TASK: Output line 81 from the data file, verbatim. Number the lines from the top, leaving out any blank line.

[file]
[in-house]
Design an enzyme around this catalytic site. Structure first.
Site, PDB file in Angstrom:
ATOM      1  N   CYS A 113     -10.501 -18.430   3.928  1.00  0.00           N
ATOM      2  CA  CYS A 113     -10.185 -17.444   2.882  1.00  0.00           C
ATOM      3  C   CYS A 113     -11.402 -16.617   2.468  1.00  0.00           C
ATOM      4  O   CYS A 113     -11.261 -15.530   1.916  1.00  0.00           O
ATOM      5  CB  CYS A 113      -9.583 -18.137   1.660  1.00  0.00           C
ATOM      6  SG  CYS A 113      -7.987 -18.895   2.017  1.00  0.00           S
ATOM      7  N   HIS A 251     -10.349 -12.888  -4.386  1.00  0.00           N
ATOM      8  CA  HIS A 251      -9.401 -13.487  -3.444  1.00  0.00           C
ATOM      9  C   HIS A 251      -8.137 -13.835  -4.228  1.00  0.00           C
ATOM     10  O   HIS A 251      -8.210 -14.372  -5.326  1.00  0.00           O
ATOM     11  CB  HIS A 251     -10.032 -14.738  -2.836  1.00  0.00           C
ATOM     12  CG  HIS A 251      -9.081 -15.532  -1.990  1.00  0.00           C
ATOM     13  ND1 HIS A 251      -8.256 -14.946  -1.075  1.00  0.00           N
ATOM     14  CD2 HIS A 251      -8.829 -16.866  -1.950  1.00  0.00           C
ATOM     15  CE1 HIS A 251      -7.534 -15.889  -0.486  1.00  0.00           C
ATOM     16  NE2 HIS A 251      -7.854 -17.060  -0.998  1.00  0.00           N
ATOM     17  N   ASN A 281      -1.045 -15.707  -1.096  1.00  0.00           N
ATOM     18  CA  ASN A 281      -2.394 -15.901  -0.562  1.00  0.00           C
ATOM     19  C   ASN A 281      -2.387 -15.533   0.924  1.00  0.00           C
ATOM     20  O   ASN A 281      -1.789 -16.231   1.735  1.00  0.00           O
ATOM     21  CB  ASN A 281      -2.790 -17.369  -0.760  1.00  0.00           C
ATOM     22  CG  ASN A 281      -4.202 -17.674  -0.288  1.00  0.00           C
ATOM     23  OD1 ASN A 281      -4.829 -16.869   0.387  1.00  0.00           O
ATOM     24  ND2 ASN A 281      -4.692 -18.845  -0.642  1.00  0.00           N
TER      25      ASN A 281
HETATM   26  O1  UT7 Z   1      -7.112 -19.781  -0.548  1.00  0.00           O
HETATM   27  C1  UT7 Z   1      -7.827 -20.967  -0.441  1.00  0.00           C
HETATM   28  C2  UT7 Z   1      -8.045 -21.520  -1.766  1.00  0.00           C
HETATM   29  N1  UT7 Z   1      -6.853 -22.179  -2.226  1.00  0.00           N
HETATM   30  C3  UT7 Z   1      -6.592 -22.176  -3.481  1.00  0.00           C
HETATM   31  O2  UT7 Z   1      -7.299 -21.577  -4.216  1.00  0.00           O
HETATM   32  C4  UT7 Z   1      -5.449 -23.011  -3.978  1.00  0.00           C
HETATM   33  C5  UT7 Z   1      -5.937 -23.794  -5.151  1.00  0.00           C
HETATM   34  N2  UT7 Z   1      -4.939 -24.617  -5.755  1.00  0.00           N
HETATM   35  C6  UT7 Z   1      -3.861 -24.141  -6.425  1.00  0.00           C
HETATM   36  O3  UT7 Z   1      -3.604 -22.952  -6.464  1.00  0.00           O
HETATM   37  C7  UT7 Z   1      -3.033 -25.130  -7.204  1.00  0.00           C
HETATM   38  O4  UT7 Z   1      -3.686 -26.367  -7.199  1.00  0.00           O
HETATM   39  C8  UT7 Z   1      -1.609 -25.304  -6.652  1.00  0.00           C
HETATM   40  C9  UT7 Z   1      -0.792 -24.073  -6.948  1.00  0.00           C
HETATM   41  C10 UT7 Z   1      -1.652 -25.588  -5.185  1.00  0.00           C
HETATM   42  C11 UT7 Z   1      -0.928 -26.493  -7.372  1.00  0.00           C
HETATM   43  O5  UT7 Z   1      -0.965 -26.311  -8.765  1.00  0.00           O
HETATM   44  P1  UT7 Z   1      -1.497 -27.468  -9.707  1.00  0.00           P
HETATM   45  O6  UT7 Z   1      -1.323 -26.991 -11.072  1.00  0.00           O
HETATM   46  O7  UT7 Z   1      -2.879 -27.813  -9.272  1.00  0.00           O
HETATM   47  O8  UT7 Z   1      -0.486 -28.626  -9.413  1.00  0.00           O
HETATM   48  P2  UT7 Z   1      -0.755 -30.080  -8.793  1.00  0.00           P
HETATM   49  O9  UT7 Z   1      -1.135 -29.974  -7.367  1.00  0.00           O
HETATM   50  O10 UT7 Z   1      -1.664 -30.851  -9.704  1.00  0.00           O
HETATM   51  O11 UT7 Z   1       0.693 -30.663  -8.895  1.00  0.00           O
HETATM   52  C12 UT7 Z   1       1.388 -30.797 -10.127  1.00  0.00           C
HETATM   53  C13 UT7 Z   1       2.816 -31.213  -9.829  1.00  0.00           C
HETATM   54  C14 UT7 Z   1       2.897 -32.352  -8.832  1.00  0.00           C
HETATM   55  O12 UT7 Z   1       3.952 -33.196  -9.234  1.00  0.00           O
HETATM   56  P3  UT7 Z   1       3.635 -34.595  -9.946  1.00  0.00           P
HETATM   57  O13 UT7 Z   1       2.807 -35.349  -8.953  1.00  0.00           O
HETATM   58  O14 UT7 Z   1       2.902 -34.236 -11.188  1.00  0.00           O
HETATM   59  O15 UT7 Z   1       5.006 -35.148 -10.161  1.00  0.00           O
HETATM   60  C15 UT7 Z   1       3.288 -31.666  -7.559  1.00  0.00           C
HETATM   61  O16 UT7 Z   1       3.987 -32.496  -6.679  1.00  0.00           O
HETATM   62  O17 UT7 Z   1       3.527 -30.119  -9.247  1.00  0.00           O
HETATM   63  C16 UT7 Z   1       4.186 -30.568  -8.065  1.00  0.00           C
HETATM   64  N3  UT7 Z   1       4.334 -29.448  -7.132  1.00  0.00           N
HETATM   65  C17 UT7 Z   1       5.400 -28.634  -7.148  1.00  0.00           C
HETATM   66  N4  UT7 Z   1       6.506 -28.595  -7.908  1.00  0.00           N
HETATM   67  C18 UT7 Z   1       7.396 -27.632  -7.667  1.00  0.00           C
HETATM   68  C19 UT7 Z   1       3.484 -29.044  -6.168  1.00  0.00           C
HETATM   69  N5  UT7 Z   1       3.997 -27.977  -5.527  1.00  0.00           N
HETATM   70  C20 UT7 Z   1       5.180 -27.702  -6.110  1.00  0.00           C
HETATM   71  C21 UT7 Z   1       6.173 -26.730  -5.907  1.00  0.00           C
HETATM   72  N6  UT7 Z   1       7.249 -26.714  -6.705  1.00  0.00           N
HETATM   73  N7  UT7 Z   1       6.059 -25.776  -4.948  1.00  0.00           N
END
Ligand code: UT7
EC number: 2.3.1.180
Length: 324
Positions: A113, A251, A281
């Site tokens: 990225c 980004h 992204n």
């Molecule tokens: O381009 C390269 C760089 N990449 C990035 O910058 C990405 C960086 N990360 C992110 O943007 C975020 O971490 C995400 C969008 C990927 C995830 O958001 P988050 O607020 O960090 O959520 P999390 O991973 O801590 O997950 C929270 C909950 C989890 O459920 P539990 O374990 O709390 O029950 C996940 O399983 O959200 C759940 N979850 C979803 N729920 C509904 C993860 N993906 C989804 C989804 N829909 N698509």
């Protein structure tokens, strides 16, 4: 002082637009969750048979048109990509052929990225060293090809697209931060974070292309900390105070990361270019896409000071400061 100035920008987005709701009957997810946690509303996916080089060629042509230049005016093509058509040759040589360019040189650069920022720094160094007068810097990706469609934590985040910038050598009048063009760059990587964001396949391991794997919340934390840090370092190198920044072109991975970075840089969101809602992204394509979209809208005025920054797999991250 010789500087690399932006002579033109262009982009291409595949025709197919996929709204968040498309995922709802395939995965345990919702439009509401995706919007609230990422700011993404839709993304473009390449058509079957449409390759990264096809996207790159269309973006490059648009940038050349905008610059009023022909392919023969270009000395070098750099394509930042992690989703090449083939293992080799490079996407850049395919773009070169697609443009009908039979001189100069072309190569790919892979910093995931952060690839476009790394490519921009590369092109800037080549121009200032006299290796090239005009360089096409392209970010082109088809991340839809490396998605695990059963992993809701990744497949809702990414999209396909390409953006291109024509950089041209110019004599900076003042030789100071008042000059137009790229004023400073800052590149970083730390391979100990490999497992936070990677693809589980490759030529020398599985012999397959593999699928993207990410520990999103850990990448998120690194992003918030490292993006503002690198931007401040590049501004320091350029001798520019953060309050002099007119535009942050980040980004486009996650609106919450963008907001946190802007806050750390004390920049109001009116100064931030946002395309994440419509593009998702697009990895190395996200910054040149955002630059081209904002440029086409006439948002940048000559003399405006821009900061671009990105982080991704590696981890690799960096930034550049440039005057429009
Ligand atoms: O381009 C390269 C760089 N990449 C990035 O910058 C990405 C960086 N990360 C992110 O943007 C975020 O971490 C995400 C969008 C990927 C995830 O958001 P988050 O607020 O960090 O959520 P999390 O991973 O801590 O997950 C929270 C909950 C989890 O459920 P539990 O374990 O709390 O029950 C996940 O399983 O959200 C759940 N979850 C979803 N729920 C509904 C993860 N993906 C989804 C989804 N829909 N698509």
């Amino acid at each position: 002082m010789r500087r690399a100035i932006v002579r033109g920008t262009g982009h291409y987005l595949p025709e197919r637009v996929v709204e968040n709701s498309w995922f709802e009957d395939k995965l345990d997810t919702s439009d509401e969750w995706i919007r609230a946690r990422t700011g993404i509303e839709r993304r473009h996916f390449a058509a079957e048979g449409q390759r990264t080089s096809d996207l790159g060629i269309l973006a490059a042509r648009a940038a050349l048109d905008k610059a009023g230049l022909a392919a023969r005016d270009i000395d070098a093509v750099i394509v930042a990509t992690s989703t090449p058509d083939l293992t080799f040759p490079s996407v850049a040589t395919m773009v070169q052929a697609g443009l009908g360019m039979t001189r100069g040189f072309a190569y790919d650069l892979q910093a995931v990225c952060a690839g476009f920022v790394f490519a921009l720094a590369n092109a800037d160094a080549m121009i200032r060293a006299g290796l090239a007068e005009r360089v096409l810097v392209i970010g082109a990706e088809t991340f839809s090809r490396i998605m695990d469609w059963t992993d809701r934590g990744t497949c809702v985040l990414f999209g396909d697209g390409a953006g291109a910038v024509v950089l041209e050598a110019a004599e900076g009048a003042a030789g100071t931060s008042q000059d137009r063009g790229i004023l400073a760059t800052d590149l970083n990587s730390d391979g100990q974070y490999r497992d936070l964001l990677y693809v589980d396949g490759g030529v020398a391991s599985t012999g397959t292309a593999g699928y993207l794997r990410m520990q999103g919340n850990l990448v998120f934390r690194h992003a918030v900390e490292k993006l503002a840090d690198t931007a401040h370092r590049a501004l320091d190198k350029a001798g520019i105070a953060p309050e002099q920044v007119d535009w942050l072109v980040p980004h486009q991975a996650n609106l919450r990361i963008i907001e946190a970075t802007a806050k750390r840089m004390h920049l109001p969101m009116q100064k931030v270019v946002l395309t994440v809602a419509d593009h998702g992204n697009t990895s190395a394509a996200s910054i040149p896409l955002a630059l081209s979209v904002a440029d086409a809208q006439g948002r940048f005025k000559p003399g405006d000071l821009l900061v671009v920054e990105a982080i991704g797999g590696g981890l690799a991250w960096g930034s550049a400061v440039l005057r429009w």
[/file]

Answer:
Positions: A113, A251, A281